Last week the New York Daily News had a report about how horrific Joba Chamberlain’s ankle injury was. In it, there was talk about how Chamberlain lost a ton of blood and that, as such, there was fear that his life was in danger.
Eh, maybe not. Buster Olney had this line in his column this morning:
Joba Chamberlain is likely to speak to reporters later in the week, and he’s expected to tell them his life was never in jeopardy after his accident last Thursday.
I imagine fear for the life of a severely injured person is a subjective thing and is subject to various interpretations. But maybe — just maybe — there was a bit of sensationalism going on last week.
Dodgers southpaw Clayton Kershaw is nearing his return to the mound, according to club manager Dave Roberts. Both Kershaw (left biceps tendinitis) and fellow lefty Rich Hill (left middle finger blister) are scheduled to toss simulated games on Saturday; depending on the outcome, Roberts says Kershaw could forgo a minor league assignment and slot back into the rotation by Thursday.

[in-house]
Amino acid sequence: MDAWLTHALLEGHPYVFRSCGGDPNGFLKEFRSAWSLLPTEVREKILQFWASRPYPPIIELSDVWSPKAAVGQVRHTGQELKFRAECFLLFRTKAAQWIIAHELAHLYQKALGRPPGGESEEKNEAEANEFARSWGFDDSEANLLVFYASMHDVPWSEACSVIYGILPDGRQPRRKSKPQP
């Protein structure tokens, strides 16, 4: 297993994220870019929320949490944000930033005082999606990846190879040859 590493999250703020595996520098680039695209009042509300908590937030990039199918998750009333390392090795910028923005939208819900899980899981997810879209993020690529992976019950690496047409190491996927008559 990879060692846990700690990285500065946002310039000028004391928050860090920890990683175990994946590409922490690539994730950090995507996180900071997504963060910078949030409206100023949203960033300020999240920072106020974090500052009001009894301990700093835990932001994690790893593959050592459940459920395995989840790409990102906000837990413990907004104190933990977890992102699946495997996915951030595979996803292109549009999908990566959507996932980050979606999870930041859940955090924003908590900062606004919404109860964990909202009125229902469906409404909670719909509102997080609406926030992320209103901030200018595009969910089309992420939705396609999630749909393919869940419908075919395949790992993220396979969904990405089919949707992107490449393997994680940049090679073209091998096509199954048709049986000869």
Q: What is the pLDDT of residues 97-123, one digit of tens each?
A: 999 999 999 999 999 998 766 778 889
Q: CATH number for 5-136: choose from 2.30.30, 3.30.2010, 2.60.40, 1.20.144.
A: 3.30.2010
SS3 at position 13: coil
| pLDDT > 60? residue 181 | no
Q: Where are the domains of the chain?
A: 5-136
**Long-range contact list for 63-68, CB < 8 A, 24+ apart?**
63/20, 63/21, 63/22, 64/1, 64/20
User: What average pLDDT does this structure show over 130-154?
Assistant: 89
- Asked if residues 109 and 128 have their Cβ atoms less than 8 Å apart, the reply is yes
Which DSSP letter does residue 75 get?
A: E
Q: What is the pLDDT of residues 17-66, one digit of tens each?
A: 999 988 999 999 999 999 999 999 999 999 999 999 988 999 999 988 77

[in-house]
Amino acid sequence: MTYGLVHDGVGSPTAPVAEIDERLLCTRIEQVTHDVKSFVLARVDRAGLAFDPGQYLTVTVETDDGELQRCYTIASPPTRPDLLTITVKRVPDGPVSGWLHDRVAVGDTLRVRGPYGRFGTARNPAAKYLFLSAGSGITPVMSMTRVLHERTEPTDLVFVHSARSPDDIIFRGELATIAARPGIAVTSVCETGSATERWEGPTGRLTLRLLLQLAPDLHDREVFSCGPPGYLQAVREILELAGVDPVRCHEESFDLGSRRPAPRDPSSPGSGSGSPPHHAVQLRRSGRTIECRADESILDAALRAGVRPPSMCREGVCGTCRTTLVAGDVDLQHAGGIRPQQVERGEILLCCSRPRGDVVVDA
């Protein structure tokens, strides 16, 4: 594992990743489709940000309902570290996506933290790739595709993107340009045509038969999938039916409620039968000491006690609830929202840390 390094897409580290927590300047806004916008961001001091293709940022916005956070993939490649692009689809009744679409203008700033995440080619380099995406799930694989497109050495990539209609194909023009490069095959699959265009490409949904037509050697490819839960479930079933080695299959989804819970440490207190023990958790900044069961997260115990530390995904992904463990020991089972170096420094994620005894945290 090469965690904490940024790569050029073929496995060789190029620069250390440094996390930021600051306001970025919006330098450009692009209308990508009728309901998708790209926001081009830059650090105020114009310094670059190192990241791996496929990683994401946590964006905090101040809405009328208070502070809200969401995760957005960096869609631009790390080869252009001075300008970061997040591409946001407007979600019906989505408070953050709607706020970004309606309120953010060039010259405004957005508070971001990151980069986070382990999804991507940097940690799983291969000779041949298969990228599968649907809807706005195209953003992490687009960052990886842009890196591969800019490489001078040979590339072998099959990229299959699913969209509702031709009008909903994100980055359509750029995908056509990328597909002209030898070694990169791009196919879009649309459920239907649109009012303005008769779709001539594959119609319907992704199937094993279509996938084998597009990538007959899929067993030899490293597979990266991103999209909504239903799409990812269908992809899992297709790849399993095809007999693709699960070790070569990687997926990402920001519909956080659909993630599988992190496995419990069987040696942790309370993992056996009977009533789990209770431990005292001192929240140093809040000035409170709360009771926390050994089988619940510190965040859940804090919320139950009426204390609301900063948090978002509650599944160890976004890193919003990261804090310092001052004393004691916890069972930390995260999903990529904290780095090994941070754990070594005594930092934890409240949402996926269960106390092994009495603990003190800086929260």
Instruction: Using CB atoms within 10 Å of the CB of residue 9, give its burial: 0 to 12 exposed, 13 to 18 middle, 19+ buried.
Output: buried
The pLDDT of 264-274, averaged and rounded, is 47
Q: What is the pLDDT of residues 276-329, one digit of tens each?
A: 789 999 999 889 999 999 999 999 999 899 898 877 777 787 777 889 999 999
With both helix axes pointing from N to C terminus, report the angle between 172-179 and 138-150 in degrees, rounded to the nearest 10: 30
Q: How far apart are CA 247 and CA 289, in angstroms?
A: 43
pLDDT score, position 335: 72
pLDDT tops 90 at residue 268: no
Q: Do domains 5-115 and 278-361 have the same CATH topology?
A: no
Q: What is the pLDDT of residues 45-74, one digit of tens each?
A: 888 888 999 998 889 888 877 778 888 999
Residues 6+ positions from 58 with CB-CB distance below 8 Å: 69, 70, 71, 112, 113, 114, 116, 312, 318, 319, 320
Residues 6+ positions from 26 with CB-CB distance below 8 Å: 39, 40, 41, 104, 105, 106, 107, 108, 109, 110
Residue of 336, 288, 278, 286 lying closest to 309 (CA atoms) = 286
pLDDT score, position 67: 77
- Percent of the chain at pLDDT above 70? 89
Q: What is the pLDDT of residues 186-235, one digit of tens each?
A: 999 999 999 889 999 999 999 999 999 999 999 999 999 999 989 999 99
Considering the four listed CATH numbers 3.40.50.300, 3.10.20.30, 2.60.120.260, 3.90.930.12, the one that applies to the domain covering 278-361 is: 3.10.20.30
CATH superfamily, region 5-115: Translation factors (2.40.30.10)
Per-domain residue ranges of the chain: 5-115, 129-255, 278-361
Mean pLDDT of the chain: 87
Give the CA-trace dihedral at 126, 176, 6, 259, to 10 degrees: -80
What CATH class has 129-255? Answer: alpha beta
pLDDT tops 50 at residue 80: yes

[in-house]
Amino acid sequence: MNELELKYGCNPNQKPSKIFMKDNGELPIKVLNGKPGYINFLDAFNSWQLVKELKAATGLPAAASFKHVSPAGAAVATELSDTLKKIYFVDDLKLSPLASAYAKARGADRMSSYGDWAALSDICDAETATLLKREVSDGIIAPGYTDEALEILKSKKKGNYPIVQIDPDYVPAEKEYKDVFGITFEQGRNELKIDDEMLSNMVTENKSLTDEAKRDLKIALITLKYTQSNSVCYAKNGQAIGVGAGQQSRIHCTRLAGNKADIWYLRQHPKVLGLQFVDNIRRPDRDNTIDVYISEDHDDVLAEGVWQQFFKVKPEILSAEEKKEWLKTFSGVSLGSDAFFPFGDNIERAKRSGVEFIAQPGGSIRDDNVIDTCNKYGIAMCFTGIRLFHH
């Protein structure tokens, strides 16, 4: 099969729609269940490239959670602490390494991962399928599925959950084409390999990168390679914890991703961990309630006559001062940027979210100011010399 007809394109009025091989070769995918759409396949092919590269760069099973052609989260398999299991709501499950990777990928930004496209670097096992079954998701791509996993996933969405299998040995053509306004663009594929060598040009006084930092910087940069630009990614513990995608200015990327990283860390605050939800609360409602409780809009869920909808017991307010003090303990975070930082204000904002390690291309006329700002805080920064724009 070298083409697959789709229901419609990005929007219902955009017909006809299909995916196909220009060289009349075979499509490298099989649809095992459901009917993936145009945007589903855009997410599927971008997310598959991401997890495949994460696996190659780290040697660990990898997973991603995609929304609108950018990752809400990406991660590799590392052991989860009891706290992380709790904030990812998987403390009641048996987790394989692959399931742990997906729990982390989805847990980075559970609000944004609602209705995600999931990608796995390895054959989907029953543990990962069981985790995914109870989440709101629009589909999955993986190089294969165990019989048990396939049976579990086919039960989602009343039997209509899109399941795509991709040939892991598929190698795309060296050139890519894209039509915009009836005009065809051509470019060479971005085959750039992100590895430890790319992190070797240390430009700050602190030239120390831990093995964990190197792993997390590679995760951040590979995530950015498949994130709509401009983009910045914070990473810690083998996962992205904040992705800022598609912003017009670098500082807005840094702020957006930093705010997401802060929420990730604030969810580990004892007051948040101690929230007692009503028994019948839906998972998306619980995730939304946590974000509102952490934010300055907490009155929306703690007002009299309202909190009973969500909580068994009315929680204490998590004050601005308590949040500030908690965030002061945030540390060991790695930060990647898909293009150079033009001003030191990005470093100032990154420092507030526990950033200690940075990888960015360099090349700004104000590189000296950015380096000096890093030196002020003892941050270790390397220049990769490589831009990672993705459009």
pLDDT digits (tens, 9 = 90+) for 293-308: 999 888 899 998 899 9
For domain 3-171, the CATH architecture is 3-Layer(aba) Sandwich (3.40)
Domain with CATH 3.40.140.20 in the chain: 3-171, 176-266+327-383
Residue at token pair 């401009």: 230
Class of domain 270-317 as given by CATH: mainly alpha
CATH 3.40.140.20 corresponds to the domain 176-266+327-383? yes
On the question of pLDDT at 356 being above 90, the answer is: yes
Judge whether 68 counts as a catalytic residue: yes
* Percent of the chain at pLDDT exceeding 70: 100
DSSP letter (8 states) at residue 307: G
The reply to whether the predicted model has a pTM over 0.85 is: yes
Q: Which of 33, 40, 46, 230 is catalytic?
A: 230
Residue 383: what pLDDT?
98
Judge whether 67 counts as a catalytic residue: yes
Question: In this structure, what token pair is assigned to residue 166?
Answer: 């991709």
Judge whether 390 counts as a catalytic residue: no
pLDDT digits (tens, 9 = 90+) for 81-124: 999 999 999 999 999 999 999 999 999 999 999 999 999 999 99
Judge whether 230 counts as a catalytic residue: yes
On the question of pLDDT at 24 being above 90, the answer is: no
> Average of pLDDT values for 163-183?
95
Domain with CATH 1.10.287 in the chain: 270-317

Kershaw, 30, was diagnosed with biceps tendinitis as the team closed out their Mexico Series at the start of the month. He has not made a start in several weeks, but was finally able to resume throwing on Sunday and managed to get through two successful bullpen sessions. Though Dodgers’ ace hasn’t been completely injury-free over his 11-year career in the majors, this is the first significant issue he’s had with his pitching arm so far. The team is expected to take every precaution with the lefty, and will likely limit him to just four innings during Saturday’s simulated game.
Prior to his injury, Kershaw was working on another dominant run with the club, sporting a 2.86 ERA, 2.0 BB/9 and 9.8 SO/9 through his first 44 innings of the season. While Kershaw, Hill and left-handed starter Hyun-Jin Ryu served their respective terms on the disabled list this month, the Dodgers utilized a combination of relievers Ross Stripling and Brock Stewart, both of whom impressed during their limited time in the rotation.